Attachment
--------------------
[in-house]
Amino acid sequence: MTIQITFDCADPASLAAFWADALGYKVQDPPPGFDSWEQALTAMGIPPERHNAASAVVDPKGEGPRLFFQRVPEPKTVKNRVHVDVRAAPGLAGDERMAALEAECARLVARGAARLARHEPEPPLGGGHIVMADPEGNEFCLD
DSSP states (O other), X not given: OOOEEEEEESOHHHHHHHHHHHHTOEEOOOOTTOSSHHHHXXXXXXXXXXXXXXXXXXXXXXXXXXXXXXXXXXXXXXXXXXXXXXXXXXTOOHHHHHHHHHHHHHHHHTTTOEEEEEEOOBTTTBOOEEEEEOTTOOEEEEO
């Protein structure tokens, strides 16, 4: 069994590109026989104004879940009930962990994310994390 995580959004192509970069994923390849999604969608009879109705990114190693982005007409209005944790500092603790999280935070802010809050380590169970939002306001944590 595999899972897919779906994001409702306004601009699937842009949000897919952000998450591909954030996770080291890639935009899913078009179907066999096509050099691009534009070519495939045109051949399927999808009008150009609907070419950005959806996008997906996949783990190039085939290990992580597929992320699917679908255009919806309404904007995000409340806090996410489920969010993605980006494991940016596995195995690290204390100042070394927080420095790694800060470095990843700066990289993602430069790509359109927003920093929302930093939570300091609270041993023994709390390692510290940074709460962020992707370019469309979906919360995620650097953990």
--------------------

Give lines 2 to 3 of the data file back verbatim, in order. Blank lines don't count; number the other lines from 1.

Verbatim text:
Amino acid sequence: MTIQITFDCADPASLAAFWADALGYKVQDPPPGFDSWEQALTAMGIPPERHNAASAVVDPKGEGPRLFFQRVPEPKTVKNRVHVDVRAAPGLAGDERMAALEAECARLVARGAARLARHEPEPPLGGGHIVMADPEGNEFCLD
DSSP states (O other), X not given: OOOEEEEEESOHHHHHHHHHHHHTOEEOOOOTTOSSHHHHXXXXXXXXXXXXXXXXXXXXXXXXXXXXXXXXXXXXXXXXXXXXXXXXXXTOOHHHHHHHHHHHHHHHHTTTOEEEEEEOOBTTTBOOEEEEEOTTOOEEEEO